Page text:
“We are not planning to take our foot off the pedal!”
July 13, 2017 by John Bleasby
Did they squirm? A Canadian construction group making a passionate appeal against its own government to a U.S Trade Review panel in Washington D.C. was likely the last thing Ottawa wanted to see. However, Dan Ujczo, the Columbus, OH trade lawyer hired to represent the Western Canadian Drywall Alliance, took the group’s concerns to the U.S. capital two weeks ago in an attempt to draw attention to what they see as unfair treatment at the hands of the Canadian government. Punitive tariffs on U.S. imports of drywall into Western Canada last fall and this winter cost contractors thousands of dollars in lost profits, and have resulted in material costs that continue to be the highest in the country. “We didn’t want to be there [in Washington], but the Canadian government put us in that position,” Ujczo told Canadian Contractor.
“We had many more questions. It was extraordinary.”
The Alliance certainly got the attention they sought. The hearings in Washington, part of the NAFTA modernization deliberations, took in hundreds of verbal presentations and over 12,000 written submissions from a number of interested groups. Ujczo noted that the panels would, as a matter of process, have three or four prepared questions for each presenter. In the case of his presentation, however, it was noticeably different. “We had many more questions,” he said. “It was extraordinary. There was heavier questioning than what we saw with other panels, which we interpret as a high level of interest. We were also asked to provide follow-up information in terms of how the duties were calculated and how long they will continue.”
Canadian government hypocrisy exposed
“What was not fully appreciated by the panel in advance was how this issue could potentially impact the softwood lumber discussions and NAFTA modernization,” explained Ujczo. “The important questions were, ‘What is the impact throughout the building supply chain?’ ‘Are we seeing premiums being put on not only drywall but on other building goods?’ ‘What impact will this have on the cross border supply chain and the potentially negative affect it could have on the NAFTA modernization efforts?’ It plays into the hypocrisy of the Canadian government’s position on softwood lumber.”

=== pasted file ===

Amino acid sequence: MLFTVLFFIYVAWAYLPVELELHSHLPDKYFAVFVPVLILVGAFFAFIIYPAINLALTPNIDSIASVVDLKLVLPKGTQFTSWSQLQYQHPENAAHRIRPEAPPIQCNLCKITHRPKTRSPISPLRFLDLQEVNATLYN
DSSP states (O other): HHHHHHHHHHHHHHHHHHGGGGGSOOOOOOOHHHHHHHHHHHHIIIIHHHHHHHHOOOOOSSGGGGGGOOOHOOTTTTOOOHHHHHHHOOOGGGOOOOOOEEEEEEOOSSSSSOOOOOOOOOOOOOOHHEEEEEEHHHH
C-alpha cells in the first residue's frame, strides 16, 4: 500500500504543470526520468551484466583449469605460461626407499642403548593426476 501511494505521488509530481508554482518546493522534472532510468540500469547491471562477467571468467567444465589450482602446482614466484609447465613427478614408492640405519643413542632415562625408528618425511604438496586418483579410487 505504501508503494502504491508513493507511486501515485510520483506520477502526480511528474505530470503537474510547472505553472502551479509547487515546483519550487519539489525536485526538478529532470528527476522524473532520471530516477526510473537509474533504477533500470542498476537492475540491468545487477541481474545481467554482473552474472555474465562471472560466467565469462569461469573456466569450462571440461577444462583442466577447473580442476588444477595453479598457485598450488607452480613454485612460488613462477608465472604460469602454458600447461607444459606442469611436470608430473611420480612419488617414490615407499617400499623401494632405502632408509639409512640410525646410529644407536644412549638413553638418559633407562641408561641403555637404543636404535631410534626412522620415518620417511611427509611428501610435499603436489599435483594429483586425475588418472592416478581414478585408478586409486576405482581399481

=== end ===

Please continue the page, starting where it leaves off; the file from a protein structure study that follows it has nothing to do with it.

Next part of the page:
Ujczo feels that the U.S. Trade Review was likely left wondering why the Canadian government has done so little to address the concerns of the drywall industry in terms of encouraging a truly free market in Western Canada. Anti-dumping measures aside, the Alliance of drywall installers were seeking a brief tariff holiday, as recommended by the Canadian International Trade Tribunal, to allow contractors on fixed contracts to recoup losses from the winter’s punitive duties, and measures put in place to counter predatory pricing on other related building materials from this point forward. None of that has been forthcoming.
Pushing U.S. suppliers out of the market catches Americans’ attention
Something that also caught the attention of the Washington panel was the issue of alternate drywall supply from countries such as Mexico. “The U.S. Trade representatives, the U.S. Department of Commerce, U.S. State Department, and the U.S Treasury; they were all there,” says Ujczo. “U.S. exporters have been essentially penalized and in some cases pushed right out of the Canadian market, and that is key to U.S. interests. There was a lot of head nodding throughout our testimony. They were clearly focused on what we had to say. ”
How much can be absorbed before workers are laid off?
In the two weeks since presenting to the U.S Trade Review panel, Ujczo has heard nothing back from the Canadian government side. That won’t stop the alliance’s efforts, however. “The next step for us is to bring this forward throughout the NAFTA process and other panels,” he said. “We are not planning to take our foot off the pedal on this at all. This issue is continuing to snowball as we move through the building season. We just got notice that prices are going up for drywall in Western Canada by another six per cent. This will ultimately will have to be passed on to the consumer, but how much can that be absorbed before we start laying off workers?”
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